This year's most outrageous government transparency fiascos include a Florida school board threatening a newspaper and more 

The Foilies 2019

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ILLUSTRATION BY HUGH D’ANDRADE
  • Illustration by Hugh D’Andrade

The Outrageous Fee Request of the Year: City of Seattle

When self-described transparency advocate and civic hacker Matt Chapman sent his request to Seattle seeking the email metadata from all city email addresses (from/to/BCC addresses, time, date, etc.), he expected some pushback, because it does sound like an incredible amount of data to wrangle.

Seattle's response: All the data can be yours for a measly $33 million. Officials estimated that it would take 320 years worth of staff time to review the roughly 32 million emails responsive to Chapman's request. Oh, and they estimated charging an additional $21,600 for storage costs associated with the records. The fee request is the second highest in the history of The Foilies (the Department of Defense won in 2016 for estimating it would take $660 million to produce records on a particular computer forensic tool).

Then the city did something entirely unexpected: It revisited the fee estimate and determined that the first batch of records would cost only $1.25 to process. We get it, math is hard.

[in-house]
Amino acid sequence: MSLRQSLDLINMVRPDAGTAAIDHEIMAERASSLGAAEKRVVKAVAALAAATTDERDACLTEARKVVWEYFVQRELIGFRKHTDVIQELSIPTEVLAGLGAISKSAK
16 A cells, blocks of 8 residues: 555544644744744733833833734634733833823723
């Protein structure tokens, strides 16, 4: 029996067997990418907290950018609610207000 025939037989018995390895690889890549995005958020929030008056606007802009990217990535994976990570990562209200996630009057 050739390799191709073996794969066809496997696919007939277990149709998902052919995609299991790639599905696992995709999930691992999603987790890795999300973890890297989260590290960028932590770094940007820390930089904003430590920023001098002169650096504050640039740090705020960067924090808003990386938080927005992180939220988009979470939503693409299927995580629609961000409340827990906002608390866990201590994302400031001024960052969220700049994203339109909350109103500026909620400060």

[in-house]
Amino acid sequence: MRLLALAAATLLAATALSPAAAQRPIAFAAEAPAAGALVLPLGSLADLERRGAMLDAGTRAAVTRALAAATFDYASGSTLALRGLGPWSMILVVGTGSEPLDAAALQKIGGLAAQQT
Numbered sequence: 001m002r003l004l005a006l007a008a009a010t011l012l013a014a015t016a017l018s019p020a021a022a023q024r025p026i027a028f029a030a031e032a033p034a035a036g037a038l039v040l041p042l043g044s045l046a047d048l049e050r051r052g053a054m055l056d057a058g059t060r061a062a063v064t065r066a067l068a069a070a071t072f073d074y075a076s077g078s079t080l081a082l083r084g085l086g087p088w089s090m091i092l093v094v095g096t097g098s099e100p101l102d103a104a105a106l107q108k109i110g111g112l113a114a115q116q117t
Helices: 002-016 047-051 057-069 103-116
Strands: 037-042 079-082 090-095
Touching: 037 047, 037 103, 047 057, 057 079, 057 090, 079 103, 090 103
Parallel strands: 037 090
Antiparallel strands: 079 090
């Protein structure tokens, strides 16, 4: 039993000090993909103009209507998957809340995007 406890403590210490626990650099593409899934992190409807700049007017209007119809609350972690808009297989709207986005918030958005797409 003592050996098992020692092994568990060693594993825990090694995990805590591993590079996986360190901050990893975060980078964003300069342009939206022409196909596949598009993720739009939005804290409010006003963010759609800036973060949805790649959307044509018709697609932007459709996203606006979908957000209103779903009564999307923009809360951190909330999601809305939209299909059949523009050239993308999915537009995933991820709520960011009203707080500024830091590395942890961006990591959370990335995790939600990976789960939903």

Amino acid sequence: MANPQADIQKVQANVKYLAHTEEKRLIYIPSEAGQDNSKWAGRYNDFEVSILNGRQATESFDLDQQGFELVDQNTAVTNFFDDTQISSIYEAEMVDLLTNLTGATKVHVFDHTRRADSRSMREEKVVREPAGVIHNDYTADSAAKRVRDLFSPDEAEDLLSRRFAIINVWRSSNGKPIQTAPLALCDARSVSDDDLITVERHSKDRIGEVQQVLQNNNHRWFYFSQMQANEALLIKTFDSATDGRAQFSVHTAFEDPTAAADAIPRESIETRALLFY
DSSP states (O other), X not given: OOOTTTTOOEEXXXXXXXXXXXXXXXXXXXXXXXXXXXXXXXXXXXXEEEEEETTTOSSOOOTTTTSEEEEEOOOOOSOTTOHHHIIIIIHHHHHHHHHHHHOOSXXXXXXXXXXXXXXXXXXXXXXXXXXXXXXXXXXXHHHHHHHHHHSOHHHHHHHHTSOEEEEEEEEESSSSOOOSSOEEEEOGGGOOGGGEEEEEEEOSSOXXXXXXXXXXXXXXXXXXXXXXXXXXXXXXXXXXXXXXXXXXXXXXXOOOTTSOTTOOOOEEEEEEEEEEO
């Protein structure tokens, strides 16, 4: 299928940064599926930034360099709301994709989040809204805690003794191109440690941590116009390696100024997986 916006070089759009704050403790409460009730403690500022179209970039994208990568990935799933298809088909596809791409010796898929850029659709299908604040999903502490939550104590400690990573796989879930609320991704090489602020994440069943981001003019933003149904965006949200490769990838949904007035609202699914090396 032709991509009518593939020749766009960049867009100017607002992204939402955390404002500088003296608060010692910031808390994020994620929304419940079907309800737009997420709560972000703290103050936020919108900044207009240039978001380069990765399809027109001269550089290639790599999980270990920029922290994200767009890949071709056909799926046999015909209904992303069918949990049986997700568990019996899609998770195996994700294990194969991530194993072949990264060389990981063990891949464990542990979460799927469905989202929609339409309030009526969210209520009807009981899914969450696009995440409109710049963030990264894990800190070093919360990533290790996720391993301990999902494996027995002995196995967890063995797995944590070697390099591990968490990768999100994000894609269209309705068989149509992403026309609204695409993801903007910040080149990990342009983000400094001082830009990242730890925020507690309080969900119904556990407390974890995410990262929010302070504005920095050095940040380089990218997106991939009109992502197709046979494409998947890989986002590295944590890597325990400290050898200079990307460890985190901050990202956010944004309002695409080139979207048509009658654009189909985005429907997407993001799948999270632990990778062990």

But wait – that's not all. After paying for the batches of records with a series of $1.25 checks, Chapman received more than he ever bargained for. Rather than disclosing just the metadata for all 32 million emails, Seattle had given him the first 256 characters of every email. Those snippets included passwords, credit card numbers, and other personally identifying information.

What followed was a series of conversations between Chapman, Seattle's lawyers, and the city's IT folks to ensure he'd deleted the records and that the city hadn't just breached its own data via a public records request.

Ultimately, Seattle officials in January 2018 began sending the data to Chapman once more, this time without the actual content of email messages. The whole episode doesn't exactly inspire confidence in Seattle officials' ability to do basic math, comply with the public records law or protect sensitive information.